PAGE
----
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How to Write a Letter to a Teacher About Homework


Children don't always know how to say they do not understand homework assignments or need extra help. They may be afraid their teachers will get angry or punish them. Parents should inform teachers of their children's struggles right away to identify problem areas and open communication. Your involvement teaches your child how to self-advocate. A letter is best because it documents communication and may be used as a reference point. The letter may be handwritten, typed or emailed. If you prefer email communication, make sure your child's teacher checks school-related emails.

Discuss, Identify, Write, Follow Up

Talk to your child about homework issues. This is best done when the child sits down to start homework. Ask what subjects are the most troubling and what you can do to help. Determine if your child needs additional resources to complete certain assignments, such as the Internet, graphic organizers or calculators, if permissible. Establish if your child is overwhelmed with the amount of time it takes to complete the work.

Time how long it takes your child to complete each assignment and write it down in the homework assignment book or on the actual assignment sheet. This will help you and the teacher identify struggle areas. Depending on grade level, elementary students should not spend more than 30 minutes to an hour total on all homework assignments. High school students may spend 30-45 minutes per subject.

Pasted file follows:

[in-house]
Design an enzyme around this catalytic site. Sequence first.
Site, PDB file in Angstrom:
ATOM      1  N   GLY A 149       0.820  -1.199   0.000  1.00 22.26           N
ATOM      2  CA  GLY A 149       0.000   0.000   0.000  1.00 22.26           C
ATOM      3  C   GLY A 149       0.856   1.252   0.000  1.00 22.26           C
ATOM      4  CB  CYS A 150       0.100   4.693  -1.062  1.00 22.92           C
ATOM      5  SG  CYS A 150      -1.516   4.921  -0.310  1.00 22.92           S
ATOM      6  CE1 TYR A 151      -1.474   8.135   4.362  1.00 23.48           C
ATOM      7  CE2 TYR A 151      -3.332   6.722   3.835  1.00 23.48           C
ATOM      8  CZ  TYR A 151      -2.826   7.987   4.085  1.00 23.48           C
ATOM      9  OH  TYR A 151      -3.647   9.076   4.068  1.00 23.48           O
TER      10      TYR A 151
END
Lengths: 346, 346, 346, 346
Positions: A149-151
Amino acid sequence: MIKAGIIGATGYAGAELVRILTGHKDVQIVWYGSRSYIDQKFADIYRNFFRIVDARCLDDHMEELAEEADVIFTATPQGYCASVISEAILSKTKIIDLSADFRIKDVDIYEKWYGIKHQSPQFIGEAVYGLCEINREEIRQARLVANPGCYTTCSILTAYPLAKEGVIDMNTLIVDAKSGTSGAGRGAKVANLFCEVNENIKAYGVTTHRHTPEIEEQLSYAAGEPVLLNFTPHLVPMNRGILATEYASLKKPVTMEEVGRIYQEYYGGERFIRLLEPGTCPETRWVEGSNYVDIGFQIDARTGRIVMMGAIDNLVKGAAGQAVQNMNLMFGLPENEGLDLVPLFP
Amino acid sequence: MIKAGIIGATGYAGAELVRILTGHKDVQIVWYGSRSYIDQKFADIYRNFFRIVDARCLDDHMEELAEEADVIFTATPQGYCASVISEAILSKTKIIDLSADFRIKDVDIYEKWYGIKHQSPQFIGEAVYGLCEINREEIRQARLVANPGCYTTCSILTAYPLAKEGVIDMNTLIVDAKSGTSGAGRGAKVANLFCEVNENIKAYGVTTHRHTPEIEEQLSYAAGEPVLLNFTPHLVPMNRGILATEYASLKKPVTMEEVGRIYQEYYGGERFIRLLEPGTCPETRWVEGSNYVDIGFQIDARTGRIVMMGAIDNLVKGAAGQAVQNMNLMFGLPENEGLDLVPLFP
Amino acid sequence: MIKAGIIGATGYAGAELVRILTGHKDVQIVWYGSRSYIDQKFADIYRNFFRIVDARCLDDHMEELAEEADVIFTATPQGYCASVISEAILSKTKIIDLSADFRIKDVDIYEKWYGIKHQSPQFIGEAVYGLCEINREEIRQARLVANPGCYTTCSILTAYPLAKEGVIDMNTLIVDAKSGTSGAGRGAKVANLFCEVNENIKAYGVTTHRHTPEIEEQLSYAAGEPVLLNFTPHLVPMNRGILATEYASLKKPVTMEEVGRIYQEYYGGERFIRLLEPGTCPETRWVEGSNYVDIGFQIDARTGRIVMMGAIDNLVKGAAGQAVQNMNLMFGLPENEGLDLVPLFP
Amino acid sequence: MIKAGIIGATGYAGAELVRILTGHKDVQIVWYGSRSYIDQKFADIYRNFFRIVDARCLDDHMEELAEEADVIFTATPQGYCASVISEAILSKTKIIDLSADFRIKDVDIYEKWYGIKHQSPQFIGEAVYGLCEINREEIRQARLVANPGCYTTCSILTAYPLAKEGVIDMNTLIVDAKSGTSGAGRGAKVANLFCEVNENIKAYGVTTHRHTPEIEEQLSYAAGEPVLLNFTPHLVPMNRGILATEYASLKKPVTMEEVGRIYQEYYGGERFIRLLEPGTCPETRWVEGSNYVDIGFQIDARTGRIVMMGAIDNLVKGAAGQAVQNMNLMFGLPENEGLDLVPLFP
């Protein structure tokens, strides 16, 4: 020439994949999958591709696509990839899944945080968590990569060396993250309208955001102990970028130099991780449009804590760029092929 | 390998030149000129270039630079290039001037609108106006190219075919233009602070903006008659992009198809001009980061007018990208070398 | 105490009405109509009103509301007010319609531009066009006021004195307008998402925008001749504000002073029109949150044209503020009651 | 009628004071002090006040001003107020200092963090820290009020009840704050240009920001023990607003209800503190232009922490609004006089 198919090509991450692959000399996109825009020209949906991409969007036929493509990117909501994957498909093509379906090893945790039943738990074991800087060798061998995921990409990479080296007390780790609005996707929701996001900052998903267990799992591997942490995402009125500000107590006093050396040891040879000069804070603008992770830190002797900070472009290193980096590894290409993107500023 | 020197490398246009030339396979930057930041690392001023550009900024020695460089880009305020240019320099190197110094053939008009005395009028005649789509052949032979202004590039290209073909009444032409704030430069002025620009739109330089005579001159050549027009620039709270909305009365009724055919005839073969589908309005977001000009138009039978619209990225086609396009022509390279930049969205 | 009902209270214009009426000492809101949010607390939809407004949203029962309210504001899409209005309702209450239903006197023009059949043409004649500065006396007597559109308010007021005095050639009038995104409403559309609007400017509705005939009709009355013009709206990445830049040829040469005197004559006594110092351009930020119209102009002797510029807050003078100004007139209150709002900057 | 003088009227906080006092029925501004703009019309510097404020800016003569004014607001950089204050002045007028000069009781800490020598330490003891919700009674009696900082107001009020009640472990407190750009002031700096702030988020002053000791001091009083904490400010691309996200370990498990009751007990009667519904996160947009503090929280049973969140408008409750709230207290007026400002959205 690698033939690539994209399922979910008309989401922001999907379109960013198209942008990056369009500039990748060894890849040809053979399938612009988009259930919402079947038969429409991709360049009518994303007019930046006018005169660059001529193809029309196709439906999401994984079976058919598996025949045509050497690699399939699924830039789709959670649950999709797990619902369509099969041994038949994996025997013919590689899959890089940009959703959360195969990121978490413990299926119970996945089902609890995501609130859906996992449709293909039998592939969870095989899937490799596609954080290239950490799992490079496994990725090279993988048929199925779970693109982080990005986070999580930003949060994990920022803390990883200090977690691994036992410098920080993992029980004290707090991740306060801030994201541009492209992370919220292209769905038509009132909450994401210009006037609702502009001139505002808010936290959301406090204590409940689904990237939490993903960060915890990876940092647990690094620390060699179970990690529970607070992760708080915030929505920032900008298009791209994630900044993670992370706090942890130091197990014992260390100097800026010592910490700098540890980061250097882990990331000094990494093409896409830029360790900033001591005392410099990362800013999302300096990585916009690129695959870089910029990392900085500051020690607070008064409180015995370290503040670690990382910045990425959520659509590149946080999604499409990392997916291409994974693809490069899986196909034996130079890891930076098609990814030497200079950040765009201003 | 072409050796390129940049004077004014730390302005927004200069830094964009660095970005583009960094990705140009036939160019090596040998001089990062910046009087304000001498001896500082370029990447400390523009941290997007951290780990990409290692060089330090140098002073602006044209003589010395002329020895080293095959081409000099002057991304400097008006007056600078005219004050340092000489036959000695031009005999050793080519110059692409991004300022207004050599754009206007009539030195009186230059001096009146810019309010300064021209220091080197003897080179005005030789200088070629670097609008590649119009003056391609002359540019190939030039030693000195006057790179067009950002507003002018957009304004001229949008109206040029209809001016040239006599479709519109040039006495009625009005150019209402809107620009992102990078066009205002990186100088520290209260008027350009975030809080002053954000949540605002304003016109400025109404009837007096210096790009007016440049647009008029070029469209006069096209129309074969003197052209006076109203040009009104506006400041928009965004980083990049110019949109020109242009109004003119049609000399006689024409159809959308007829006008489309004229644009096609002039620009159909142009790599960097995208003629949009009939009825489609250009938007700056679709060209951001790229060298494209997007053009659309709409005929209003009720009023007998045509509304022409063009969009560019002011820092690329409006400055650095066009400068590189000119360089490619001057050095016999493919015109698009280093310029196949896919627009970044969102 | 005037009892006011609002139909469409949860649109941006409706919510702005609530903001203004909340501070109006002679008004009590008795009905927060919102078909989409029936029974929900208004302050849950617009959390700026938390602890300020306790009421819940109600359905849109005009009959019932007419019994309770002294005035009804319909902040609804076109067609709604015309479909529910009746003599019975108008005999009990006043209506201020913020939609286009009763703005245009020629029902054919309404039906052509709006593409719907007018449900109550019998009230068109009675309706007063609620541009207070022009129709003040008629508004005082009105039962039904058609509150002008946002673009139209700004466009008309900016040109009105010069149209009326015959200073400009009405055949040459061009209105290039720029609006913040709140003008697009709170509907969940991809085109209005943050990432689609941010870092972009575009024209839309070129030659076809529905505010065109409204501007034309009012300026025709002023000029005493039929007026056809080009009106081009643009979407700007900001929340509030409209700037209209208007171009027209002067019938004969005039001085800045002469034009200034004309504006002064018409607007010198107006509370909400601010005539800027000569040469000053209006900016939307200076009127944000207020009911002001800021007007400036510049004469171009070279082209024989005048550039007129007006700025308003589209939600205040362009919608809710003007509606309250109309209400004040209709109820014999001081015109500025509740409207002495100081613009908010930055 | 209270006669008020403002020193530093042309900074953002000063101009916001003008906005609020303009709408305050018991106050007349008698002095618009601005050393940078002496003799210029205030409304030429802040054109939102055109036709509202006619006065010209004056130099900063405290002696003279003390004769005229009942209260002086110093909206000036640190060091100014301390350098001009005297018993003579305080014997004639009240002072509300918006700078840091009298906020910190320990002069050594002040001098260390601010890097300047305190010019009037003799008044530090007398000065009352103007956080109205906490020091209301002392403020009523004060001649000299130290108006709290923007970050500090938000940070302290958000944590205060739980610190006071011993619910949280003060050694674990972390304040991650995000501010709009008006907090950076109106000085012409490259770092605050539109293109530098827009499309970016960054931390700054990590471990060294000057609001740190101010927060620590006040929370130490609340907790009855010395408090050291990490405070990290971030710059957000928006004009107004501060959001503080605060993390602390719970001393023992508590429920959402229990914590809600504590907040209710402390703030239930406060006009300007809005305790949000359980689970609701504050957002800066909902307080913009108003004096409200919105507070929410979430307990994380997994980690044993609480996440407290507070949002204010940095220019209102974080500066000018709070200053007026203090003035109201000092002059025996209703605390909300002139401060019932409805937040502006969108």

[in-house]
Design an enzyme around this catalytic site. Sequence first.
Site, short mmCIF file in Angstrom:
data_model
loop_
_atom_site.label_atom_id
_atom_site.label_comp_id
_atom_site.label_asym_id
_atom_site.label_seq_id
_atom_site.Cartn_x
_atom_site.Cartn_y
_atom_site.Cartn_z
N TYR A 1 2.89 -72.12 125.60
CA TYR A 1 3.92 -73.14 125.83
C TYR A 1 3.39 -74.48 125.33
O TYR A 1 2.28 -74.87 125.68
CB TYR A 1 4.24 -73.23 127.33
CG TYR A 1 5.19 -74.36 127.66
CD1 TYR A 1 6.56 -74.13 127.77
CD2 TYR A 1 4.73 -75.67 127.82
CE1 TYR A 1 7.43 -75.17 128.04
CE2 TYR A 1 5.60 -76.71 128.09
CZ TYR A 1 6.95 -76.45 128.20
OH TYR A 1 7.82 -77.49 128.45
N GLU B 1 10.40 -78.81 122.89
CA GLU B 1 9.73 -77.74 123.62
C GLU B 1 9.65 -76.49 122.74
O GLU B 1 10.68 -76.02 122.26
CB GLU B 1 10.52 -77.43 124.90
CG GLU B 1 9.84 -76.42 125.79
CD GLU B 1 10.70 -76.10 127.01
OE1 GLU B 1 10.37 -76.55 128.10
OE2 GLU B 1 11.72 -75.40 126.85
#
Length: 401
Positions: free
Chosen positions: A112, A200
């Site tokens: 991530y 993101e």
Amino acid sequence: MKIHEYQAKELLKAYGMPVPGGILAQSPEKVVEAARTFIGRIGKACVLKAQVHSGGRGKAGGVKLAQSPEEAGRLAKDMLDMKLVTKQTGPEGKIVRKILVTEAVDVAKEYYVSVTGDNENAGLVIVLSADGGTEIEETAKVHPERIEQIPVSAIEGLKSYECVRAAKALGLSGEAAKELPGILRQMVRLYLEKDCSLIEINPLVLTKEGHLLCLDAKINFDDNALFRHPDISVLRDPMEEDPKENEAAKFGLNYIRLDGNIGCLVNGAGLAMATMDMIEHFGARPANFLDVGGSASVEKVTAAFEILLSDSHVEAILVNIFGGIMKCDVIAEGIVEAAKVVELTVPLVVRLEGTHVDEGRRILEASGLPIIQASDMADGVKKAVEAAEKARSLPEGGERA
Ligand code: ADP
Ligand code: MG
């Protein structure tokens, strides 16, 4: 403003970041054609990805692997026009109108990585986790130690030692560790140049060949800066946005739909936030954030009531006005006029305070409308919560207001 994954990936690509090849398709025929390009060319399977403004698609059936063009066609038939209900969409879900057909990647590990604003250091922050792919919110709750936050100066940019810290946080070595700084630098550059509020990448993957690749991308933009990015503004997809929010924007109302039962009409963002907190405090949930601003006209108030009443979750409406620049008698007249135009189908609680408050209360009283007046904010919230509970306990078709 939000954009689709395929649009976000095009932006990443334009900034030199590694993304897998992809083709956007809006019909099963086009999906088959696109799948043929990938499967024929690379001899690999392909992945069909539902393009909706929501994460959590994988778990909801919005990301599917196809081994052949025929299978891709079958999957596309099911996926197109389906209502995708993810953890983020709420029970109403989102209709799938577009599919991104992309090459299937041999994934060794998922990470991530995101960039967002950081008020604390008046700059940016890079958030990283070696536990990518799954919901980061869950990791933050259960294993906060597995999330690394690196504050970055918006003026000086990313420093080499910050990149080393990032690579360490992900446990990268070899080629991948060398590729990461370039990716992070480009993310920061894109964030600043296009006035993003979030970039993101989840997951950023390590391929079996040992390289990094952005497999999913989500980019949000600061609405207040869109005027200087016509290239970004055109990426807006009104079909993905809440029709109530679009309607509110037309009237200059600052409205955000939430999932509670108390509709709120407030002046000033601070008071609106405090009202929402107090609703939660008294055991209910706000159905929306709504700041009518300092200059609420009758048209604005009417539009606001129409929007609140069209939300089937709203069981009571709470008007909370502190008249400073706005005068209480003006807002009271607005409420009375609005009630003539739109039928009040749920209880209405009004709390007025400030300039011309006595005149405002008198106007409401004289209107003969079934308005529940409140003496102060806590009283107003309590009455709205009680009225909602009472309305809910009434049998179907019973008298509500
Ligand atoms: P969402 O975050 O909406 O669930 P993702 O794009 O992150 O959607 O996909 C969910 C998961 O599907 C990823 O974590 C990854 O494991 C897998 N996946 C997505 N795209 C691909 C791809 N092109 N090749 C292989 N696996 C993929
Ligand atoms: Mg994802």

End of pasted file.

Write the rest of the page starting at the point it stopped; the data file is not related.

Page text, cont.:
Write a first draft letter to your child's teacher detailing the issues you identified and suggestions to solve them. Be specific. For example, if your child has trouble writing essays, you might explain that your child can't organize thoughts concisely. Offer concrete suggestions, such as asking the teacher to provide a sample outline or written steps to writing an essay, or ask for after-school help, if applicable. Keep the letter objective. Do not include personal emotions. Do include your contact information and ask the teacher to respond by a specific date.

Revise the letter for brevity. Teachers will appreciate a letter that is short and to the point.

Follow up with the teacher to make sure the letter was received. Schedule an appointment on the phone, via email chat or in person to brainstorm ideas to help your child overcome homework obstacles. Keep a record of your child's homework progress. Strategies may be modified as academic concepts are introduced or mastered.

Tip
  • Keep copies of all written correspondence. If the teacher is nonresponsive or refuses to implement homework strategies, contact the principal with your concerns. Be prepared to share documentation.
About the Author

Sera Rivers is a writer, writing coach and child advocate. In 2007 she began teaching creative writing in group and private settings and freelancing for "Southwoods Magazine." She writes online about Western Massachusetts special needs kids. Rivers received her Bachelor of Arts in creative writing from University Without Walls at the University of Massachusetts, Amherst in 2010.

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